One of the biggest questions that promises to play out in the larger world of restaurants — whether quick-service operations or others — is who will ultimately own their customers, and whether those businesses can get them back once they are lost to third-party delivery services and aggregators.
How all that will play out was a big part of a recent PYMNTS discussion featuring Karen Webster and Dan Rodgers, president and founder at QikServe, a company that provides self-service offerings for the hospitality industry.
That company recently made its own play to have more of a digital and mobile role in the restaurant world, buying Preoday, a firm that focuses online ordering technology, increasingly important — even table stakes — to every operation from global fast-food chains to local fish-and-chip lunch counters.
Consider just a few mobile-focused data points to get a better sense of that point. According to PYMNTS research, mobile ordering is more popular than ever, with 60 percent of United States consumers ordering delivery or takeout once a week. The volume of orders placed via mobile apps grew 130 percent between 2016 and 2018, too, and mobile orders now represent approximately 60 percent of all digital food orders. Such services are particularly popular among millennials, who are growing up and moving toward their peak earning years. As well, about 40 percent of food orders are eaten on-premises at this point, which is largely a byproduct of the mobile order-ahead trend.
“It’s a really exciting time for technology, and I think it’s still got a lot of value to bring,” Rodgers told Webster when offering his view of the larger landscape.
Within all that growth, however, other storylines emerge — trends that are already proving challenging to restaurants, but could also lead to new opportunities.
As Rodgers told it, many restaurants were “caught napping a bit” as new technology, including self-service kiosks and online ordering technology, exploded into the mainstream. “It’s opened the door for the aggregators to start coming in,” he said. “And when they come in, they own the customer at that point.” The risk is even wider than that. As Rodgers pointed out, a particular restaurant’s competitors are also on those platforms. And in some cases — he used recent changes at DoorDash as an example — the bigger restaurant operations are paying to promote their brands on those delivery platforms, and that can serve to further smother the smaller restaurant businesses.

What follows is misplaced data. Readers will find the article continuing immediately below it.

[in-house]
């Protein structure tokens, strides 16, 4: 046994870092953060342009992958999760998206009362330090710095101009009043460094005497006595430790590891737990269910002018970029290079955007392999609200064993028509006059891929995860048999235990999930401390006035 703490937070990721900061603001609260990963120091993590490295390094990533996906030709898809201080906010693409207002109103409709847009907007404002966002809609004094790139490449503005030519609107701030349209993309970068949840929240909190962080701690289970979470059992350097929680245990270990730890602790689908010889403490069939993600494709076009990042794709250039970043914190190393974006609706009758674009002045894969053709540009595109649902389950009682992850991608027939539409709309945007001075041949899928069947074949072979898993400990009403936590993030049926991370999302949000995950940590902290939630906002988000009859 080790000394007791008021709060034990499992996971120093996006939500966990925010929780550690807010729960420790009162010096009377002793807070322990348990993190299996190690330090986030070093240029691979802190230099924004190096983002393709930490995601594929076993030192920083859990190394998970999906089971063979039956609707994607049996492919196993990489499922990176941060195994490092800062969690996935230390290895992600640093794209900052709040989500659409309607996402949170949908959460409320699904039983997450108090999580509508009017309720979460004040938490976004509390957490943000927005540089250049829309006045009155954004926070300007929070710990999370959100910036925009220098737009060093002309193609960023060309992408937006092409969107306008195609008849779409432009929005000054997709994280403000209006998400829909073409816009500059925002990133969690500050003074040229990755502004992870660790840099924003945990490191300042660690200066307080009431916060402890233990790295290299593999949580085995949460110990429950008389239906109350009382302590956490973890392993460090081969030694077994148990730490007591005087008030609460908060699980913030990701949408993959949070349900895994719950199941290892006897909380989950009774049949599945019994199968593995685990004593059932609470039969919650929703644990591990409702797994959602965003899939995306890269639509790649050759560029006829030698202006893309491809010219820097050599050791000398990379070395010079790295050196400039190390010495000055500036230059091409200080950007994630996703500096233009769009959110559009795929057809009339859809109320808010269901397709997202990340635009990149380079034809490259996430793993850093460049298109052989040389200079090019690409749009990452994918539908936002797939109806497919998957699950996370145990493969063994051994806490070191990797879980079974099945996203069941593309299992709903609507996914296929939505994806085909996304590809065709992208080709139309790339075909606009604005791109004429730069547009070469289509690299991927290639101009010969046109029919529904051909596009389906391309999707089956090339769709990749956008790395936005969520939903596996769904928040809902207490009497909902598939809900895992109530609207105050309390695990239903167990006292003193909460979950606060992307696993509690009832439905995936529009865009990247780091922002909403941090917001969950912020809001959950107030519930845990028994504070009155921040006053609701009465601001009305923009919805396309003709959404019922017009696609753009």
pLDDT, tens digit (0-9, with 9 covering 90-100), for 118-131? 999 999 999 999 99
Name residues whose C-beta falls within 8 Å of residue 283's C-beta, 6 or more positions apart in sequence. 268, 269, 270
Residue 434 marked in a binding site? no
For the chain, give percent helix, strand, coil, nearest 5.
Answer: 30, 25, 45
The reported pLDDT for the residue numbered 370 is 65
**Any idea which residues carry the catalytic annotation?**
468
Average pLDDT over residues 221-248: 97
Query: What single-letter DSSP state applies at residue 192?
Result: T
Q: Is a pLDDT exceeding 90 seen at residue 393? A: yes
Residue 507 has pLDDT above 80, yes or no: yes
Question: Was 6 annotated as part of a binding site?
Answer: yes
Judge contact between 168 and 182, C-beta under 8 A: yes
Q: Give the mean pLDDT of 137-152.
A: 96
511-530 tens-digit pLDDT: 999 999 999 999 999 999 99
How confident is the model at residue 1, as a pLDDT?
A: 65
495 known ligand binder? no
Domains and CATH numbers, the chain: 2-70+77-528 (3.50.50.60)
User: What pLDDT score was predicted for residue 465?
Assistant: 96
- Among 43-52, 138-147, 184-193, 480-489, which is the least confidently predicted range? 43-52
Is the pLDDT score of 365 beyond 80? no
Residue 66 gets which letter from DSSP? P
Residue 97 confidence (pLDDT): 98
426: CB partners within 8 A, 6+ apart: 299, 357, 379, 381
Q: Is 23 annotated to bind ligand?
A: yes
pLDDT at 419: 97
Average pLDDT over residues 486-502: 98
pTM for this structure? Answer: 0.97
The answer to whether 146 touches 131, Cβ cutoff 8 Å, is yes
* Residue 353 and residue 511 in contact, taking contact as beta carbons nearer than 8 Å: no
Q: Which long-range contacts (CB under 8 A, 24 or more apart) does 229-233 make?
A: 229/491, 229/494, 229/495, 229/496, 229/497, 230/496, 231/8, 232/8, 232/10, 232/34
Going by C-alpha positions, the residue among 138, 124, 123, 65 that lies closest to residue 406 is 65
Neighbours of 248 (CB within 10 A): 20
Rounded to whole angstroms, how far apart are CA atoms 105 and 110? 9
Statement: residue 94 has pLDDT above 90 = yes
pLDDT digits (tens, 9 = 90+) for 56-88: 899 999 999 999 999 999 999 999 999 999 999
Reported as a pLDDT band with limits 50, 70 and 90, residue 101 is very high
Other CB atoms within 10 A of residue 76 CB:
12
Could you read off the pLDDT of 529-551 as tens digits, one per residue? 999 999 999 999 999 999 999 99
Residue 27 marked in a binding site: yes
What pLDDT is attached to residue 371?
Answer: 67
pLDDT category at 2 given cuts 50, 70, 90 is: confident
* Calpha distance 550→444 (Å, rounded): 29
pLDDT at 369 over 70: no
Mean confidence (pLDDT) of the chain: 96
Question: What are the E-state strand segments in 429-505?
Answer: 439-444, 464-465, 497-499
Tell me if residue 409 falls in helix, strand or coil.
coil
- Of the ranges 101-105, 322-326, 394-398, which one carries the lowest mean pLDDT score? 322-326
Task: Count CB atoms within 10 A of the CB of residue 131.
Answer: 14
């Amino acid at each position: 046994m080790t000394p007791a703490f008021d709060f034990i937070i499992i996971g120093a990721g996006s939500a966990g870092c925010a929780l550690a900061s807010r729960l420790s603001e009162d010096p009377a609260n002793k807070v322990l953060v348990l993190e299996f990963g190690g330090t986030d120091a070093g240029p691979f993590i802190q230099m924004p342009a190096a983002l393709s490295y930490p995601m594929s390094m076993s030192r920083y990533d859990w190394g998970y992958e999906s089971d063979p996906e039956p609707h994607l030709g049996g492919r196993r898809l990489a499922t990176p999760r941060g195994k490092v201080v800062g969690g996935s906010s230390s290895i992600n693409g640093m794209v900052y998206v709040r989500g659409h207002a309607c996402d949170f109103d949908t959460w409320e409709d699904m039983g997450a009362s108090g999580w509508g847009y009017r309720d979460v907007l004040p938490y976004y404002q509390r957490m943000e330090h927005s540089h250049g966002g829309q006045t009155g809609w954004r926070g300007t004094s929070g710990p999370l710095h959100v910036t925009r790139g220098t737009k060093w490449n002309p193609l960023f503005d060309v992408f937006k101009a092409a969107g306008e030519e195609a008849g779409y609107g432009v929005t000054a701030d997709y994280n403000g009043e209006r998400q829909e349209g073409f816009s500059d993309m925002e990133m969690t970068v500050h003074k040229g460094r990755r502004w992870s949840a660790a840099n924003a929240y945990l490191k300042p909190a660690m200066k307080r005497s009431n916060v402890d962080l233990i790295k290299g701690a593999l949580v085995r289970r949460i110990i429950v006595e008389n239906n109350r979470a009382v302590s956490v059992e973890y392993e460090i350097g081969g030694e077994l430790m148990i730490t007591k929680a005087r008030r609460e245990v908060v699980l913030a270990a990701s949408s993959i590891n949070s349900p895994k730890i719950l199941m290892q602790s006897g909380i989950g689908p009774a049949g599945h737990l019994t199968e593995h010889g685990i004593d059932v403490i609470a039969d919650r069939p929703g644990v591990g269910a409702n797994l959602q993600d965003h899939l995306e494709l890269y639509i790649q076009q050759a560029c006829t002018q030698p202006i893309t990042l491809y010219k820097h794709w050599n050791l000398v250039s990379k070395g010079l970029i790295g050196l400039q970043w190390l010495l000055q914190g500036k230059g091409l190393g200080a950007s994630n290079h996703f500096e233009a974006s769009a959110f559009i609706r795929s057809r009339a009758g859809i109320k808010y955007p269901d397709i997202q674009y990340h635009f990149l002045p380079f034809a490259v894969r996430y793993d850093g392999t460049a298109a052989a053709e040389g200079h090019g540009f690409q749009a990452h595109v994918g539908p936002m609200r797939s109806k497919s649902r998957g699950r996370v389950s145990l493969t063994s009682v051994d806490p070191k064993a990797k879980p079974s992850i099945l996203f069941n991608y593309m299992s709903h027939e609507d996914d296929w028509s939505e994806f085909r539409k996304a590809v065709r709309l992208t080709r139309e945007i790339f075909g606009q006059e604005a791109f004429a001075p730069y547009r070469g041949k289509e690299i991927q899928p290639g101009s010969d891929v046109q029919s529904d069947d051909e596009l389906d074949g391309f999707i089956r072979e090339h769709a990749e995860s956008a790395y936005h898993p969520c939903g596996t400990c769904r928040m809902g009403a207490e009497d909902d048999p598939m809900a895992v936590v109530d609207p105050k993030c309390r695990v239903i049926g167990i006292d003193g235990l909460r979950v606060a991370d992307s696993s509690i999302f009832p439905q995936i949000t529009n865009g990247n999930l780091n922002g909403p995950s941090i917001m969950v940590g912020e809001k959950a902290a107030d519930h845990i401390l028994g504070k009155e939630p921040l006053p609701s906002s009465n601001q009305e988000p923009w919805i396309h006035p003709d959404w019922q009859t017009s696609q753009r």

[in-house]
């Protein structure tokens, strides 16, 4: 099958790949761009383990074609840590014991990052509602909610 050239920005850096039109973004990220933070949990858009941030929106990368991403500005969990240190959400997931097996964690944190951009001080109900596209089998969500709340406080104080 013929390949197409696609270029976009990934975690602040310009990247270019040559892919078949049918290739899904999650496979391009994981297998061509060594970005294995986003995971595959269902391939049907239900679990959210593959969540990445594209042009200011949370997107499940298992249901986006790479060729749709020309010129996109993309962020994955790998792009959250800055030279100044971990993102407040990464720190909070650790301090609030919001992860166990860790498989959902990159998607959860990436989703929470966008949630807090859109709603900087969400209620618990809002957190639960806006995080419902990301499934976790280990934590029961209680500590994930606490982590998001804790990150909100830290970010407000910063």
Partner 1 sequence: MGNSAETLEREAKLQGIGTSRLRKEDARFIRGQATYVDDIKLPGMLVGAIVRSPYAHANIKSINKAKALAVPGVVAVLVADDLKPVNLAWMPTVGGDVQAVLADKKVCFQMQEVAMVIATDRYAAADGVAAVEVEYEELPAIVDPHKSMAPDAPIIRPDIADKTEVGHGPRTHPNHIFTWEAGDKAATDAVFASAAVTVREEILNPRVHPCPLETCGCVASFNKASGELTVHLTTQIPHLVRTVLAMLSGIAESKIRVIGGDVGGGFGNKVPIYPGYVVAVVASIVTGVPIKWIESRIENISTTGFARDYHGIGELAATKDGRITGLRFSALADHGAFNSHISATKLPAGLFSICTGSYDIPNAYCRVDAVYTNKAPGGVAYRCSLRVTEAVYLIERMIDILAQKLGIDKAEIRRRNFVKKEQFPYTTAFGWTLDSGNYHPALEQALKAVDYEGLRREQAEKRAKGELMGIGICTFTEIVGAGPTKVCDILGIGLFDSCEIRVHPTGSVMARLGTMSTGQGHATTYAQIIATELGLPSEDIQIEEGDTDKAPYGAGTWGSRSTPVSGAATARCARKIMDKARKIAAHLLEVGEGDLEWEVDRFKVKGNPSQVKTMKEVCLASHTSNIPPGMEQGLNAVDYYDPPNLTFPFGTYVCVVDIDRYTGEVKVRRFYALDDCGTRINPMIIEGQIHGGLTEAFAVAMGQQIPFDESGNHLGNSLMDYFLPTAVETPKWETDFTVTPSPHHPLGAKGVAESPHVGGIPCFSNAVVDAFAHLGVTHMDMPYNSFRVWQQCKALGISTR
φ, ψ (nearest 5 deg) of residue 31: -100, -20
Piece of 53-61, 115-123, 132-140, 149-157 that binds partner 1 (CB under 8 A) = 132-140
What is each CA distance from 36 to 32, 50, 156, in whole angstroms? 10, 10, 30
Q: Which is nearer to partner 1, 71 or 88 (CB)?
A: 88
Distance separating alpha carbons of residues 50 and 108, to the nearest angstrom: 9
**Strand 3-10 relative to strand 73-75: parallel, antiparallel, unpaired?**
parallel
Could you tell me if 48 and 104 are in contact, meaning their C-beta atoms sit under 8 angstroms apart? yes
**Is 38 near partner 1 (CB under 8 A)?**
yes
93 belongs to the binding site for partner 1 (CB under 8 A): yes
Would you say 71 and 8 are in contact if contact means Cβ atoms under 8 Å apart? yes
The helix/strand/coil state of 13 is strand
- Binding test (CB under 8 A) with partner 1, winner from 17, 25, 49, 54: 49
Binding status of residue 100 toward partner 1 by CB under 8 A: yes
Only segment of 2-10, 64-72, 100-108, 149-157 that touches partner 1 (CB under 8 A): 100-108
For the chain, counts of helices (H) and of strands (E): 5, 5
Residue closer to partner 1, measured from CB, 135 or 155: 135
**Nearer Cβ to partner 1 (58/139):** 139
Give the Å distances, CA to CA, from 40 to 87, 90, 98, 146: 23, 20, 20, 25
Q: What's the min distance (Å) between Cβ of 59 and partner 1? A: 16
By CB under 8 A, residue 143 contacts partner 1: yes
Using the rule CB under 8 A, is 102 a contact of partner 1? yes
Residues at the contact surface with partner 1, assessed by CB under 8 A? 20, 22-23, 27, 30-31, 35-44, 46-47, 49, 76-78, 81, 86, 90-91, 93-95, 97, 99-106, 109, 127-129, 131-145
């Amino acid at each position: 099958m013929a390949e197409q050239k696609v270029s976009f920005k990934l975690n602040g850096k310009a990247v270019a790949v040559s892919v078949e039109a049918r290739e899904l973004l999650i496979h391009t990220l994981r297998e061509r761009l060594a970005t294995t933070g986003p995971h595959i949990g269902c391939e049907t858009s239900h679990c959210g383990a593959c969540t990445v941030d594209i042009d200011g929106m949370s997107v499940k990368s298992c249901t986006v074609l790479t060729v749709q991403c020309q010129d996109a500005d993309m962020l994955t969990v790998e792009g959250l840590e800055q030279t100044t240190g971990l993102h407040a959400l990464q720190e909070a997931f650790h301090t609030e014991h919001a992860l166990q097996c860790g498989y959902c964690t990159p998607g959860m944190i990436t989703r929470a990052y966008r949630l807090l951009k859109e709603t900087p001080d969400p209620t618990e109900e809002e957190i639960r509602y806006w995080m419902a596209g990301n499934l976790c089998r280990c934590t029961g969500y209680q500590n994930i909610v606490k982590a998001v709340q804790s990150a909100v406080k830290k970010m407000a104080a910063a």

Such moves look likely to continue even as consolidations take place, and some observers — Rodgers among them — voice skepticism about whether those third-party delivery services will be able to keep making robust amounts of revenue in the coming few years. “The U.S., in particular, is a huge land grab” when it comes to those services, he said during the PYMNTS discussion. “It speaks to the low barrier to entry when it comes to that type of service.” But nothing ever really lasts. “The revenue models are unstainable,” Rodgers said.
In fact, he and Webster talked about how the rise of travel aggregators in the hotel space — and all the related innovation and disruption there — can serve as a sort of rough guide to developments in the restaurant delivery space. “The fees will continue to get suppressed as the market consolidates,” Rodgers said. But that comparison goes only so far.
“What restaurants don’t have is the logistics,” Webster pointed out. “Hotels have the rooms. It’s different with travel aggregators.”
No matter the similarities and differences, those restaurants that intend to thrive in this new decade — this generally applies to quick-service restaurants (QSRs) when the conversation is about online delivery services and aggregators — will have to focus more and more about customer ownership. Sure, delivery platforms can fulfill some interesting and pragmatic roles — for instance, drumming up business for restaurants during non-peak hours. “But the minute (those services) capture the customers, those customers fall out of that restaurant’s ecosystem. And trying to get that customer back is really difficult.”
That puts more weight on the task of providing restaurants with their own tools to provide digital experiences and services, more ways for them to acquire and hold onto their own customers. “That’s a huge challenge,” Rodgers said. “The horse has somewhat bolted there. (Restaurants) never saw what was coming.”
But so many worthwhile journeys begin with small, considered moves — and that can be the case when it comes to restaurants in this digital, online ordering, mobile order-ahead age.
“They can start to address that by focusing on their own digital ecosystems,” Rodgers said. “They will have to [do] something to get their customers back,” he said, “whether through loyalty or rewards or something like that.”